An eight pound baby in the hospital is expected to have caused lacerations—if not a c-section. Midwives don't have this attitude, and they don't come to expect this in their practice. Why?
Because position and pushing matter: how the woman positions herself, and how she pushes during delivery. All of the women we saw had to labor and deliver on their backs, and were "coached" (or hollered at) to bear down regardless of whether she had the instinctive urge to push. Women are put on their backs, regardless of what position their body tells them to be in, and despite the fact that we know that the sacroiliac joints can't open up in this position. Supine delivery increases the likelihood of a difficult labor, shoulder dystocia, and a forceps or vacuum extraction. And women are yelled at to push despite the fact that we know there's an actual reflex that prompts the woman to push when the fetus is descending properly and smoothly. All I could think was that if the women we saw could labor in whatever position they liked (read: obstetricians and nurses weren't afraid to get down and catch babies in whatever position they're coming, like midwives do), and they could push when they want to push (with eased guidance from a tearing-conscious practitioner, rather than a shouting person who's worried about lawsuits), we would not have seen so many tears.
It's not a small deal. One of my patients had to be sewn up for an hour (for a six pounder). I wrote in my journal about another patient's horrible tearing:
The nurses were so busy today. One shouted that she needed a Foley urine catheter taken out and would a student like to learn to do it. I finally volunteered, not to learn but because I already know how to from my job. It turned out the patient who needed the Foley out was the poor young lady who another student had yesterday - she had described an episiotomy and horrible tearing - what the teacher said they unofficially call a 'vaginal C-section'. We had asked how big the baby was, and it was only six pounds. The nurses are like "The poor girl's never going to sit the same again." So I go into the room, tell her what I'm going to do, that it's fast and pretty painless, that it can be done without really uncovering anything, and then I wash my hands and put on gloves. When I come back to the bedside, the girl is SOBBING. Completely crying and shaking. She was so afraid it was going to hurt, because of how she had already been hurt. I was so upset after that. They completely butchered this girl, as far as I feel. It's her first birth. She'll spend her whole life remembering this.Of course, my wife is telling me it doesn't matter—I could prove that forcing women on their backs for labor and delivery actually kills people, and doctors still wouldn't stop doing it. You need to be on your back for the EFM, and for the safety of your baby (read: the convenience of the staff).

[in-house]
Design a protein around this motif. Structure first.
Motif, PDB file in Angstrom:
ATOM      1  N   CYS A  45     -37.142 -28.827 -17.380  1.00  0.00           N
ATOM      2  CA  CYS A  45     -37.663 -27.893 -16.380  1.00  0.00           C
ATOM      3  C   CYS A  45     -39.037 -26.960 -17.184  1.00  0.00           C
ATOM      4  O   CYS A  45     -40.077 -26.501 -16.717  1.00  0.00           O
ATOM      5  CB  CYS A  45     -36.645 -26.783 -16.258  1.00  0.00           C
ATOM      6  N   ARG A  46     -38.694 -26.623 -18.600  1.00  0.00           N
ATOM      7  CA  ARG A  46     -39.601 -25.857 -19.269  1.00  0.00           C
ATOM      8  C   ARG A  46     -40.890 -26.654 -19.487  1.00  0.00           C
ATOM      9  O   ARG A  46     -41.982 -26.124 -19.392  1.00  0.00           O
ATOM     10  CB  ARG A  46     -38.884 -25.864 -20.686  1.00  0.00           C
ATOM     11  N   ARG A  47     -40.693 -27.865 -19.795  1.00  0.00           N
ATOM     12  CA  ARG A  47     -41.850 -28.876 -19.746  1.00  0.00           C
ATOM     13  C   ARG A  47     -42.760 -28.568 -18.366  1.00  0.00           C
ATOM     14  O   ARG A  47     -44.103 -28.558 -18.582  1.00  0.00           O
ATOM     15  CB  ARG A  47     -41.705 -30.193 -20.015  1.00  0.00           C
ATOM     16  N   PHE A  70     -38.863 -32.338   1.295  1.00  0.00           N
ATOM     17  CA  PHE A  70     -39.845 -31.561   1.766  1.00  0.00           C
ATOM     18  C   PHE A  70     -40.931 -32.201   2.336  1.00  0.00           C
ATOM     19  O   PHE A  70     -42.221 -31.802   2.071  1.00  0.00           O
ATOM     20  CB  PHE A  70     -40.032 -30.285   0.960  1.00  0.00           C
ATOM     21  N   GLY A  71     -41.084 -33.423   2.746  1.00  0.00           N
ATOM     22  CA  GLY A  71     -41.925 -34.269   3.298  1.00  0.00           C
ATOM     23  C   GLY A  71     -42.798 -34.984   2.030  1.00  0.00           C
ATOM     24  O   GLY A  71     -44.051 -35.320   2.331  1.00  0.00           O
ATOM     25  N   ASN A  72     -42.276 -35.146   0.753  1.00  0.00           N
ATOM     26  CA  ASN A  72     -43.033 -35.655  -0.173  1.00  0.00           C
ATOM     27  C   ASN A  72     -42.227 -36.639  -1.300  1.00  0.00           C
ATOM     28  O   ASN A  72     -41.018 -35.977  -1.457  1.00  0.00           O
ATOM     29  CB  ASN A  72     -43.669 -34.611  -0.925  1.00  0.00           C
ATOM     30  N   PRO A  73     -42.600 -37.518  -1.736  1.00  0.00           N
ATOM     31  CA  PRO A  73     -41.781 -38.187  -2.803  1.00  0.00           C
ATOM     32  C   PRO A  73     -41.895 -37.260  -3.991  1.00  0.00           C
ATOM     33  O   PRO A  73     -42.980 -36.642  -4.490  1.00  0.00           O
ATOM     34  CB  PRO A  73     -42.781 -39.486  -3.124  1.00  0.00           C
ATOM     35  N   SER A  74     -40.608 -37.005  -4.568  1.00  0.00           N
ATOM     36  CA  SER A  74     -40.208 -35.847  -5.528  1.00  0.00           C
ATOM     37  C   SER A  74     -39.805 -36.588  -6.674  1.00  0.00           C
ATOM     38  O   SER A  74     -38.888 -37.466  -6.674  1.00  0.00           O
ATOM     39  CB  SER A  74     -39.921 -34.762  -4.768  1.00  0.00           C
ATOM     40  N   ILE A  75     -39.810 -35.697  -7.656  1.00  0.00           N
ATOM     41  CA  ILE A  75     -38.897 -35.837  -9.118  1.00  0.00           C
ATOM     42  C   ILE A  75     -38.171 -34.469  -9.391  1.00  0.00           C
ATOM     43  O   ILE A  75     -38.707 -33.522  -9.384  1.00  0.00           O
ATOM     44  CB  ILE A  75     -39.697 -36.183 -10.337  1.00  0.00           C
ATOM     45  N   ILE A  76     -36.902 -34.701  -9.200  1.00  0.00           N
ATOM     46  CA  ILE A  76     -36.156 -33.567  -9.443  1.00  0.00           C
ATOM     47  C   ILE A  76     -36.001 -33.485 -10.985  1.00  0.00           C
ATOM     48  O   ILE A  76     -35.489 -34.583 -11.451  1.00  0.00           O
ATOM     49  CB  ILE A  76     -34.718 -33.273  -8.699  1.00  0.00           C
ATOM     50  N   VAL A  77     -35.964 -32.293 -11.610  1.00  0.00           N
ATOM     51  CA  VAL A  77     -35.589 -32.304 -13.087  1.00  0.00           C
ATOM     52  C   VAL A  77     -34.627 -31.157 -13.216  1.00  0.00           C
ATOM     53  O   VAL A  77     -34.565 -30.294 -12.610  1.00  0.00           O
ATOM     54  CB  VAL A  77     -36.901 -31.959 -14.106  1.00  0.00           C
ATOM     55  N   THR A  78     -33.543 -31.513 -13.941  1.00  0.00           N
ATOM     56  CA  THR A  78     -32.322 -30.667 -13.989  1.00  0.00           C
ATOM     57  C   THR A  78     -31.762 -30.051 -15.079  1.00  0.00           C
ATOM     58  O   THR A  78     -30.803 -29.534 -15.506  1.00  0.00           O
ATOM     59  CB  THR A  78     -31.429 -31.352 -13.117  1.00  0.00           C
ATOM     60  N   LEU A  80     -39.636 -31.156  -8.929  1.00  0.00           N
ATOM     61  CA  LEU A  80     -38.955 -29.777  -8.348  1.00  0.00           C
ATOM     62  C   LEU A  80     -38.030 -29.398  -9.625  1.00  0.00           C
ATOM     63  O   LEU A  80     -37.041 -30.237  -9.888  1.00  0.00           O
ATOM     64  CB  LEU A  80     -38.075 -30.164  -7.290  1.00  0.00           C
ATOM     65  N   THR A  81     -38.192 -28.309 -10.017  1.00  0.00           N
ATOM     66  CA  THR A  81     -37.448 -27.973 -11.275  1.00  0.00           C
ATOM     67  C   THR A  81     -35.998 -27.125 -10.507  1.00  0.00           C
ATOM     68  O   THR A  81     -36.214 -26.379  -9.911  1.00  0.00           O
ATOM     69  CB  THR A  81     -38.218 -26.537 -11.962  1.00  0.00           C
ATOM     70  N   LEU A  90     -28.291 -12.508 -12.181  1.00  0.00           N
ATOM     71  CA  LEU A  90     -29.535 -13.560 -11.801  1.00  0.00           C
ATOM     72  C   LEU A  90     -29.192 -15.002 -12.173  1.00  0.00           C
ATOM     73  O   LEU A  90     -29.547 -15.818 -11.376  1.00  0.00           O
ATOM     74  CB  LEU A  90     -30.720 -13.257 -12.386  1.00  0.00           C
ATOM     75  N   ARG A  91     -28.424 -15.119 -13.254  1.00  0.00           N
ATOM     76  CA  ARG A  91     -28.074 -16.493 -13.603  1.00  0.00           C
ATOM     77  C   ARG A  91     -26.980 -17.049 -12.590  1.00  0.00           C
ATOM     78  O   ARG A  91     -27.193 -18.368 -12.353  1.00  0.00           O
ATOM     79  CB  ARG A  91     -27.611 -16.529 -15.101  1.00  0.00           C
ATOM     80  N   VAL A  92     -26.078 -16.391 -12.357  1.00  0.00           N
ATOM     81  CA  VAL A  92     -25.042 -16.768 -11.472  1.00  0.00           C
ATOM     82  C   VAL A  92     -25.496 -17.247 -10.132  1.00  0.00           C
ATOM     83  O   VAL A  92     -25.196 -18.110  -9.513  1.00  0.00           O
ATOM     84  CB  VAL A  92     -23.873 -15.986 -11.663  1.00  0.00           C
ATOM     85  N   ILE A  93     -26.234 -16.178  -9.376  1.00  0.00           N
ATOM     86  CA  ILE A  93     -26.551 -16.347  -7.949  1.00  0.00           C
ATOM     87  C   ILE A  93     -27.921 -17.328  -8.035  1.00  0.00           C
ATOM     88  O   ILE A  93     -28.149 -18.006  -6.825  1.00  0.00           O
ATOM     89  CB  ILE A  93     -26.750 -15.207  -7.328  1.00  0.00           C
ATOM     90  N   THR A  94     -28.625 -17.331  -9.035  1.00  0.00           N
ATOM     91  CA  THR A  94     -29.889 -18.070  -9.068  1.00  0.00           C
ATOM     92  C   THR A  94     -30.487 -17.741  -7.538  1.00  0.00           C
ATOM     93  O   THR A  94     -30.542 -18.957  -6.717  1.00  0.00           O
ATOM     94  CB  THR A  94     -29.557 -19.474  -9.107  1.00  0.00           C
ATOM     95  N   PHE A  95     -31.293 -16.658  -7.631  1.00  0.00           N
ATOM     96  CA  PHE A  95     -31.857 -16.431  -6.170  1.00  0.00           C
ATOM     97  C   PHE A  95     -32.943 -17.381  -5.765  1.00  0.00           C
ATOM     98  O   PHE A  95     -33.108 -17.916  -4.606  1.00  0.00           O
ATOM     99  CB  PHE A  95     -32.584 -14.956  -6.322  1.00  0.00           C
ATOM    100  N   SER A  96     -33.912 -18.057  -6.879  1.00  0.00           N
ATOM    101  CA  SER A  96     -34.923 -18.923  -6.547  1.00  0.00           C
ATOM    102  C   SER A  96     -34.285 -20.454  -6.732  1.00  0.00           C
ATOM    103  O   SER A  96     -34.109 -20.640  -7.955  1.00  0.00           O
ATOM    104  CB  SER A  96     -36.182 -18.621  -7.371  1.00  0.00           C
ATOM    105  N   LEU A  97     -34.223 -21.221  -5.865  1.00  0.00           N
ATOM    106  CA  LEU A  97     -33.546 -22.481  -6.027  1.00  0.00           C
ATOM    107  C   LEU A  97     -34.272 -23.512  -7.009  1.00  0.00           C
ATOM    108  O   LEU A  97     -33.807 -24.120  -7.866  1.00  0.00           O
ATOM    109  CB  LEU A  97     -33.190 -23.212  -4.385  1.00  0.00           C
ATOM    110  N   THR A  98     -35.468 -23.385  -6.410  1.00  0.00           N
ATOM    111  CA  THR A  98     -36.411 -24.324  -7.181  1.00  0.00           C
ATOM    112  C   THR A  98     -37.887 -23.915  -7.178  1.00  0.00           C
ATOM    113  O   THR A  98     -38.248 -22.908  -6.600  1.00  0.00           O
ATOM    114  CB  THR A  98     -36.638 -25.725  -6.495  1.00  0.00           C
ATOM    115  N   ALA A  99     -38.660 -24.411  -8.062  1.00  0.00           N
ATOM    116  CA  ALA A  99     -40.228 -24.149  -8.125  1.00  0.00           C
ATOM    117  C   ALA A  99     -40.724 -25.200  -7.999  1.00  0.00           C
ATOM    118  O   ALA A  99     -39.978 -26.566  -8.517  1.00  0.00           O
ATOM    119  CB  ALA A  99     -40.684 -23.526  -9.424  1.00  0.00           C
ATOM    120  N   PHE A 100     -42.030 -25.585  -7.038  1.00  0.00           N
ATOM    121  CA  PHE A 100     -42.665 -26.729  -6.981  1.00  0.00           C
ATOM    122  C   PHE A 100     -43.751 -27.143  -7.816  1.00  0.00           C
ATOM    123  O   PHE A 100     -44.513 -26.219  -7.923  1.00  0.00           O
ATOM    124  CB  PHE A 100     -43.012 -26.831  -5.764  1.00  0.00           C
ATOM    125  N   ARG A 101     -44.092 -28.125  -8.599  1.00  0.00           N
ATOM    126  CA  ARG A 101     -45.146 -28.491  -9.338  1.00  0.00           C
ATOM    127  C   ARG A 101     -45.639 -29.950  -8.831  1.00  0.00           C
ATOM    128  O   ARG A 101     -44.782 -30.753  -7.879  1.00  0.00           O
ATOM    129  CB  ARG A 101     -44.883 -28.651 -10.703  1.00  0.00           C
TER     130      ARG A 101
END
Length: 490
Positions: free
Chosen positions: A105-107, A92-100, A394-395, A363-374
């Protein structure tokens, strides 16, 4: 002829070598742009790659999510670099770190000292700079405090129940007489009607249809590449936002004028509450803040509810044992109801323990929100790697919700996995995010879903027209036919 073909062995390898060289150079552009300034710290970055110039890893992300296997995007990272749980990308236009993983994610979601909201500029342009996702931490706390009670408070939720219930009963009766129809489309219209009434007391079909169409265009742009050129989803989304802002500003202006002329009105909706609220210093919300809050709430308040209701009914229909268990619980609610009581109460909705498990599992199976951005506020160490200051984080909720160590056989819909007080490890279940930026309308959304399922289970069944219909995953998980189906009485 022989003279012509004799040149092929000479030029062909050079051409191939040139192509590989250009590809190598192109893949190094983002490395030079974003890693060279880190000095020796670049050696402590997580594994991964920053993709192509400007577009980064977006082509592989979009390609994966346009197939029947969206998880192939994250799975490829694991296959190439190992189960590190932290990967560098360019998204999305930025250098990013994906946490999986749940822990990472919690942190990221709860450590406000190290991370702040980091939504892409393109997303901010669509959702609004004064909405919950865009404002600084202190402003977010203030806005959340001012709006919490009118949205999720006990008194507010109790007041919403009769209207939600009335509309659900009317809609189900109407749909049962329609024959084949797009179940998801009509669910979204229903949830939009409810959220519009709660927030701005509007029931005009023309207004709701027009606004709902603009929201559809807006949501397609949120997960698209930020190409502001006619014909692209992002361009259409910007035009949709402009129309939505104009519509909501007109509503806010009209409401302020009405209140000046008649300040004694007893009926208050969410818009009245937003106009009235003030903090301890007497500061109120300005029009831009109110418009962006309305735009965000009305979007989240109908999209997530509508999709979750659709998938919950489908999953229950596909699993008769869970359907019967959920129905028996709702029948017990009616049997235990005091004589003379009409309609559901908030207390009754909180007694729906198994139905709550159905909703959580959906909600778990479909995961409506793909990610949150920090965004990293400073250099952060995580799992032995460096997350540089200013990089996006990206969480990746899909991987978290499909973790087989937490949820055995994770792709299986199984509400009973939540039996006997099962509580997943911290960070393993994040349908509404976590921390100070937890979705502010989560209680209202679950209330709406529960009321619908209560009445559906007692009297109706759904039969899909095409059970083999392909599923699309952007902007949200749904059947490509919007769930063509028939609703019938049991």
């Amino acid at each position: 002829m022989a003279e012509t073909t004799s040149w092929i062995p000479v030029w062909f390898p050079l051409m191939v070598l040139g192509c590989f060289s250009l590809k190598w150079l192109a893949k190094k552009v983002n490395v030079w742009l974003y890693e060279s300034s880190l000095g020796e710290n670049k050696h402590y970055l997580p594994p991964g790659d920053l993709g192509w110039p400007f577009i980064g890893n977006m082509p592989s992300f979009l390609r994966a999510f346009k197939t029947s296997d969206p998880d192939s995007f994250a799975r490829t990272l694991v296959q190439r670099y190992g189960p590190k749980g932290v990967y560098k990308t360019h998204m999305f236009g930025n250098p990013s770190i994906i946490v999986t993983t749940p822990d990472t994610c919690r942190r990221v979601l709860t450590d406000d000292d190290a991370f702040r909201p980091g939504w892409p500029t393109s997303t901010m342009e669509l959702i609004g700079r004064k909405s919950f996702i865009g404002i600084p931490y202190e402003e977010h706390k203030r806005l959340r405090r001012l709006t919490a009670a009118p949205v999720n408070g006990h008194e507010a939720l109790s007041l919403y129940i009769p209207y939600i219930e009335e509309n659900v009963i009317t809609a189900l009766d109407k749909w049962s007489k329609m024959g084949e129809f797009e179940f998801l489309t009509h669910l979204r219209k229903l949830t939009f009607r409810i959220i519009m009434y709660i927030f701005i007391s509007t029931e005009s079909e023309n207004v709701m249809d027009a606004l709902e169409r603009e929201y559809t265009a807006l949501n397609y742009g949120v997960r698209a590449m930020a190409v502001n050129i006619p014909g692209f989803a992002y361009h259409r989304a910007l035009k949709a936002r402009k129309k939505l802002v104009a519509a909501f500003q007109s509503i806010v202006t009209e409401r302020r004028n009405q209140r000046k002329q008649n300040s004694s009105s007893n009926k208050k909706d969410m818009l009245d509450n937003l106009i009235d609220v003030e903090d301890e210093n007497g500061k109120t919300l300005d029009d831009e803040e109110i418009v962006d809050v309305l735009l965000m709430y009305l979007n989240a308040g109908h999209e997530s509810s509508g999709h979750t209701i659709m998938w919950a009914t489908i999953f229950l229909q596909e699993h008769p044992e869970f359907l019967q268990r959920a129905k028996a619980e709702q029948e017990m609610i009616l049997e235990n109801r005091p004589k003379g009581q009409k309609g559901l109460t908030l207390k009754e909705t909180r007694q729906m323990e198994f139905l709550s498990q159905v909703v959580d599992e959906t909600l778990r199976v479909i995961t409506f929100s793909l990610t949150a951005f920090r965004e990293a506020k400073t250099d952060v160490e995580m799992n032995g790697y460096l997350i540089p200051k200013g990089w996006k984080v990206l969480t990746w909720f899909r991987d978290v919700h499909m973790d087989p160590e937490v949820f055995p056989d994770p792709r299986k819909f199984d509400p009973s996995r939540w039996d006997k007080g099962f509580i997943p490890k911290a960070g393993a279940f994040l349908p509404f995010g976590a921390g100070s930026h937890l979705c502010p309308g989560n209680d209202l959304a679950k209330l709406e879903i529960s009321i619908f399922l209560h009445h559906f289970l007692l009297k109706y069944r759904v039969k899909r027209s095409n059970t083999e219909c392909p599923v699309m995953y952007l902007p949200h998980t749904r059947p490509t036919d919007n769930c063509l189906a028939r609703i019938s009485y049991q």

On the other hand, the epidural patients can't get out of bed, and have no urge to push—and now that I think of it all my patients with tears had epidurals.